In the first chapter of A New Kind of Christianity Brian McLaren recalls how he gradually became increasingly dissatisfied with conservative American Christianity. His summary captures my own concerns about American (and some Canadian) religious conservatism:
“They supported wars of choice, defended torture, opposed environmental protection, and seemed to care more about protecting the rich from taxes than liberating the poor from poverty or minorities from racism.” (7)
Sarah Palin leapt immediately to mind with her flippant petroleum campaign slogan “Drill, Baby, Drill!” and her horrendous, morally repugnant quip that waterboarding is “how we baptize terrorists“. Think about that. Palin has invoked the Christian sacrament of initiation into the community of faith as a metaphor for torturing individuals. And the statement drew raucous applause.
“They spoke against big government as if big was bad, yet they seemed to see big military and big business as inherently good.” (7)
This always struck me as bizarre. Government is supposed to be of, by, and for the people. And yet, one constantly hears rhetoric about shrinking government coupled with a pathological aversion to new taxes, as if that’s the way to “starve the beast” (thanks, Grover Norquist).
While every other developed nation in the world has socialized health care for its population, time and again I’ve heard American religious conservatives strongly oppose it.
Despite all this fear of big government, I hear not a whisper of concern among American religious conservatives about big military, despite the fact that by some estimates the military sucks up more than half of all government spending. And while American Christian conservatives rage against Obamacare, on the whole they are bizarrely silent on government surveillance of the civilian population.
As for big business, Eric Holder recently stepped down as attorney general and returned to his law firm after refusing to prosecute any of the big banks for their role in the financial crisis. Watch this clip from Democracy Now to get a sense of just how outrageous this is. And while we’re talking about corrupt banks, how about the fact that British bank HSBC laundered hundreds of millions of dollars for the Sinaloa drug cartel? Why don’t American evangelicals get angry about that? Why haven’t they even heard about it?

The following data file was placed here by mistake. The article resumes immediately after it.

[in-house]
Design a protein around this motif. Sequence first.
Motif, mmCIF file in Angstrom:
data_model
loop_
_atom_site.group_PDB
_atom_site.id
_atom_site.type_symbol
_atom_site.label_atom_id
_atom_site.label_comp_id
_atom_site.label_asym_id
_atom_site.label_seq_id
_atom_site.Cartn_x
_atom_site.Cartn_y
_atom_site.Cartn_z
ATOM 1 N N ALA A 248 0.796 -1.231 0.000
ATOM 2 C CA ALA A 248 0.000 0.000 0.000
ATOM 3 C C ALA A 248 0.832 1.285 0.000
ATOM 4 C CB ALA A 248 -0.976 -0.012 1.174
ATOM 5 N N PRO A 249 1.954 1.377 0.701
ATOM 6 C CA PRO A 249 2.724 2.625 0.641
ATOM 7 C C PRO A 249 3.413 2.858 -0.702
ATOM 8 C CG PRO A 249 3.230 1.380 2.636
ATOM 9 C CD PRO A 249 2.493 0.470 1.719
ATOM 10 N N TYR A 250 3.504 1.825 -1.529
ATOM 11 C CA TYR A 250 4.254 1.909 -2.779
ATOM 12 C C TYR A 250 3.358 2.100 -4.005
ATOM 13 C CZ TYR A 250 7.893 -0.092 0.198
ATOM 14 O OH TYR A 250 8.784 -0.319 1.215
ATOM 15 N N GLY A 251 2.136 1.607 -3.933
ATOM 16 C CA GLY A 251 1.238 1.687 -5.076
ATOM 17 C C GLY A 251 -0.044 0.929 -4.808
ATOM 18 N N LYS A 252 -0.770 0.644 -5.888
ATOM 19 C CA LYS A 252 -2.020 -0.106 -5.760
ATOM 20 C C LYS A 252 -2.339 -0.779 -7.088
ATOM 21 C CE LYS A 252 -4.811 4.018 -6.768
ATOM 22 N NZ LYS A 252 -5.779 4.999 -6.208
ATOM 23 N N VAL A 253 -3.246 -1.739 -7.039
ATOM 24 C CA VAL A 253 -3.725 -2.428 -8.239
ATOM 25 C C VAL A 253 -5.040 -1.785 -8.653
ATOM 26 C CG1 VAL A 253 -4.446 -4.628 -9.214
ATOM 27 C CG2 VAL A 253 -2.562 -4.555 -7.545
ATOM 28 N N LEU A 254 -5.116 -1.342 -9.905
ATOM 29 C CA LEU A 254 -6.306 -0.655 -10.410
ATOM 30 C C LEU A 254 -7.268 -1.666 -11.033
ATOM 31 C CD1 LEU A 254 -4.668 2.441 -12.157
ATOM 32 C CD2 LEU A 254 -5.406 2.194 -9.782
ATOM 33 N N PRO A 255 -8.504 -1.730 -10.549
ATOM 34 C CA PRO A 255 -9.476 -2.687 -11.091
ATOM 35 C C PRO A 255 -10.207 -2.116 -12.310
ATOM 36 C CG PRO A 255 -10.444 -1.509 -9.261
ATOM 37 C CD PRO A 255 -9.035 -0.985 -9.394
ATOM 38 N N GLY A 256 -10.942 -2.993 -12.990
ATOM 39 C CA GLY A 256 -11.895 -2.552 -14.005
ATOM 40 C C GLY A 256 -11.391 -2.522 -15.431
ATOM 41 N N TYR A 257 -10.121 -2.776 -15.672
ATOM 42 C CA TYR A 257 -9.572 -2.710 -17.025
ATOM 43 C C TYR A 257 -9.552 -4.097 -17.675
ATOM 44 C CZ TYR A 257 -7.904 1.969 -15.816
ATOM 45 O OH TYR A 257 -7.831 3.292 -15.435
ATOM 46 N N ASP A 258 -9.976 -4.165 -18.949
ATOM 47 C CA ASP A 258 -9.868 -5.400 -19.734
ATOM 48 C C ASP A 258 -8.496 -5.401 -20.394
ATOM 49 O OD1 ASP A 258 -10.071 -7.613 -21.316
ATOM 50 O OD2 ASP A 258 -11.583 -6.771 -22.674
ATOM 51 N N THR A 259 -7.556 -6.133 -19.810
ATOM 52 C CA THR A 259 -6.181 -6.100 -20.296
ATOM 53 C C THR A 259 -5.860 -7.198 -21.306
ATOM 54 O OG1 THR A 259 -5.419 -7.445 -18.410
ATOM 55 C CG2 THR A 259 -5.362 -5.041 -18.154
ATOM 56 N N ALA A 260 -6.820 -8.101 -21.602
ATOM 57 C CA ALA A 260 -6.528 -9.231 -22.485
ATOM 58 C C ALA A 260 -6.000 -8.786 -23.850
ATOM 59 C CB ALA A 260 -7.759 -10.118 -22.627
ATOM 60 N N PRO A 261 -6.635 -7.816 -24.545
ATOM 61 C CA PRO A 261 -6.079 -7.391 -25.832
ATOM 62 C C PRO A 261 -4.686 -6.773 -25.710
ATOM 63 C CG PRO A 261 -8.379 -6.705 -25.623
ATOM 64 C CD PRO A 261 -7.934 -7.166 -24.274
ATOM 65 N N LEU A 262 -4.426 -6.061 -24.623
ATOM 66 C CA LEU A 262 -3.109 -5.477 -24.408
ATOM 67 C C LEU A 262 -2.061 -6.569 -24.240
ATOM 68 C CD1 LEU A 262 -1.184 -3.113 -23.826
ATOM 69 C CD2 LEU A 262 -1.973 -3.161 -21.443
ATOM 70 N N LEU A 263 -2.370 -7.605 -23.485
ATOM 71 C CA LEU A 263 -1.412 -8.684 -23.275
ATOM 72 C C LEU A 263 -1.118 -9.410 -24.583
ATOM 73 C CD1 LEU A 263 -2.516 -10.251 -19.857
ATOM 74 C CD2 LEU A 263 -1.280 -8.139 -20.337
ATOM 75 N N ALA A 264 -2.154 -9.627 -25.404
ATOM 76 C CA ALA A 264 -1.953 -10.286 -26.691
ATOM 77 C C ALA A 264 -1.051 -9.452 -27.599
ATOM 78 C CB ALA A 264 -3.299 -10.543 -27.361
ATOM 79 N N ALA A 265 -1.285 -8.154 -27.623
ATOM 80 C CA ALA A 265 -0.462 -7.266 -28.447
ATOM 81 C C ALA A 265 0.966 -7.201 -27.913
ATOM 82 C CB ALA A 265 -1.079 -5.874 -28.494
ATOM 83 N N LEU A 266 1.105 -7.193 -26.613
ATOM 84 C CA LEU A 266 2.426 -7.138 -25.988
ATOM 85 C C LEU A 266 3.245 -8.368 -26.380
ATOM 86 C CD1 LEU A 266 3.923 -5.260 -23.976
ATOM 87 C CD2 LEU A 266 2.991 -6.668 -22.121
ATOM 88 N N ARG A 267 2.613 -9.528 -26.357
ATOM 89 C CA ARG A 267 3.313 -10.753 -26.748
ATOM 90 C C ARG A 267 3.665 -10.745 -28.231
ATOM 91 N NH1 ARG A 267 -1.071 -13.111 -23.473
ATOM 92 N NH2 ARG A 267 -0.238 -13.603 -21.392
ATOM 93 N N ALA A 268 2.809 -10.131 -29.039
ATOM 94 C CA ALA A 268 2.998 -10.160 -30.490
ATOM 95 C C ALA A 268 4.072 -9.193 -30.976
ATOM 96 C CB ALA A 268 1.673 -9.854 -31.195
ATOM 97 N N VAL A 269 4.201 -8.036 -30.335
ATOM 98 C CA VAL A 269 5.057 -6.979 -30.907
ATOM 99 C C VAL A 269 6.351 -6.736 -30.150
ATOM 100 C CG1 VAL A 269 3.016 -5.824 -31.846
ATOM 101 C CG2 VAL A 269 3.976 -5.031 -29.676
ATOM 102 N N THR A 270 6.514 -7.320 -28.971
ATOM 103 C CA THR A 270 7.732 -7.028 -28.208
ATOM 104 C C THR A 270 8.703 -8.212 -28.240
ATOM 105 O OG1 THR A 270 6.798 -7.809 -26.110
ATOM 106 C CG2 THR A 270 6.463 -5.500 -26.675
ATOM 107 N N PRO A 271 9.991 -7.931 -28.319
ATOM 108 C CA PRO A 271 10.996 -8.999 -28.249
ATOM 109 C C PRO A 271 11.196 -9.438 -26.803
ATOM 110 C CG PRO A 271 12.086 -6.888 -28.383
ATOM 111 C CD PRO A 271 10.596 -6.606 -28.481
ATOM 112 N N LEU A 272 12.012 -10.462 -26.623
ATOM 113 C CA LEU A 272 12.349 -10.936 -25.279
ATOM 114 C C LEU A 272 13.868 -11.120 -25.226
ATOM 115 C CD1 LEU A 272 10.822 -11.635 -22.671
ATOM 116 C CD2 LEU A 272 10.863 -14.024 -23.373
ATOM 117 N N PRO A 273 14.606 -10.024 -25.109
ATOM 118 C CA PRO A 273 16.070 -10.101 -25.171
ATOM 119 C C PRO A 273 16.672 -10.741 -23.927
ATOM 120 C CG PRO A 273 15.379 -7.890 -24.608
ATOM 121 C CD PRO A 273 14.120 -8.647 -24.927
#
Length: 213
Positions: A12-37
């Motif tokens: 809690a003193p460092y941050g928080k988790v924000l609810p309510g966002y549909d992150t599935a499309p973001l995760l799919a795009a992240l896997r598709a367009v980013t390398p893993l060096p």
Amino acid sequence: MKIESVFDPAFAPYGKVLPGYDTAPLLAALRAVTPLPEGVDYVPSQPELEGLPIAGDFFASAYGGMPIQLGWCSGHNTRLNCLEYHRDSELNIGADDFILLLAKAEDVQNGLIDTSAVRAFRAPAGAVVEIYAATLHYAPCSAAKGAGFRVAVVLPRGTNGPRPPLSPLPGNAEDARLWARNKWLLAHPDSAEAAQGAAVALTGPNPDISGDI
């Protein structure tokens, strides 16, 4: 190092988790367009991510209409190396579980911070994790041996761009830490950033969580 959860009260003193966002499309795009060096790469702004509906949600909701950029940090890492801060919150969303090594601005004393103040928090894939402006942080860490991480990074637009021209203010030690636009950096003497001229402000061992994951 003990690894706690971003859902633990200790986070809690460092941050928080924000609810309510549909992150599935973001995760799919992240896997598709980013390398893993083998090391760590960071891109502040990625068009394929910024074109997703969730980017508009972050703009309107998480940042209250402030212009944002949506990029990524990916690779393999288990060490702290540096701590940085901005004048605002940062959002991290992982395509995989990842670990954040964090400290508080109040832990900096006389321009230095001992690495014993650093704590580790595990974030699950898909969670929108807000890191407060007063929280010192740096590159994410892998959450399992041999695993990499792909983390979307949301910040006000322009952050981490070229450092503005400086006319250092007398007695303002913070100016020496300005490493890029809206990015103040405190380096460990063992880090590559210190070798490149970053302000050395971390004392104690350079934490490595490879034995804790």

“They wanted to protect unborn human life inside the womb, but didn’t seem to care about born human life in slums or prisons or nations they considered enemies.” (7)
Yup. Consider the case of the approximately half a million Iraqi children who died in the mid-nineties as a result of the Clinton administration imposing strict sanctions to punish Sadam Hussein. In this infamous exchange with Lesley Stahl, then UN Ambassador Madeleine Albright insisted that it was worth it:
In 2004 Democracy Now asked Albright about this infamous response and Albright replied that it was “stupid” and she never should have said it. Unfortunately it isn’t clear whether Albright was merely conceding that she failed to field (that is, deflect) a difficult question, or whether she was thereby renouncing the morality (and political expediency) of government policies that lead to the death of foreign civilians.
Regardless, time and again I have found conservative Christians distressingly cavalier when it comes to government policies and military actions (e.g. drone strikes) that lead to the death of foreign civilians.
When people think Christianity is about support for big military, opposition to socialized medicine and immigrants, and callous indifference to the poor and the environment, it’s no surprise they are leaving the church.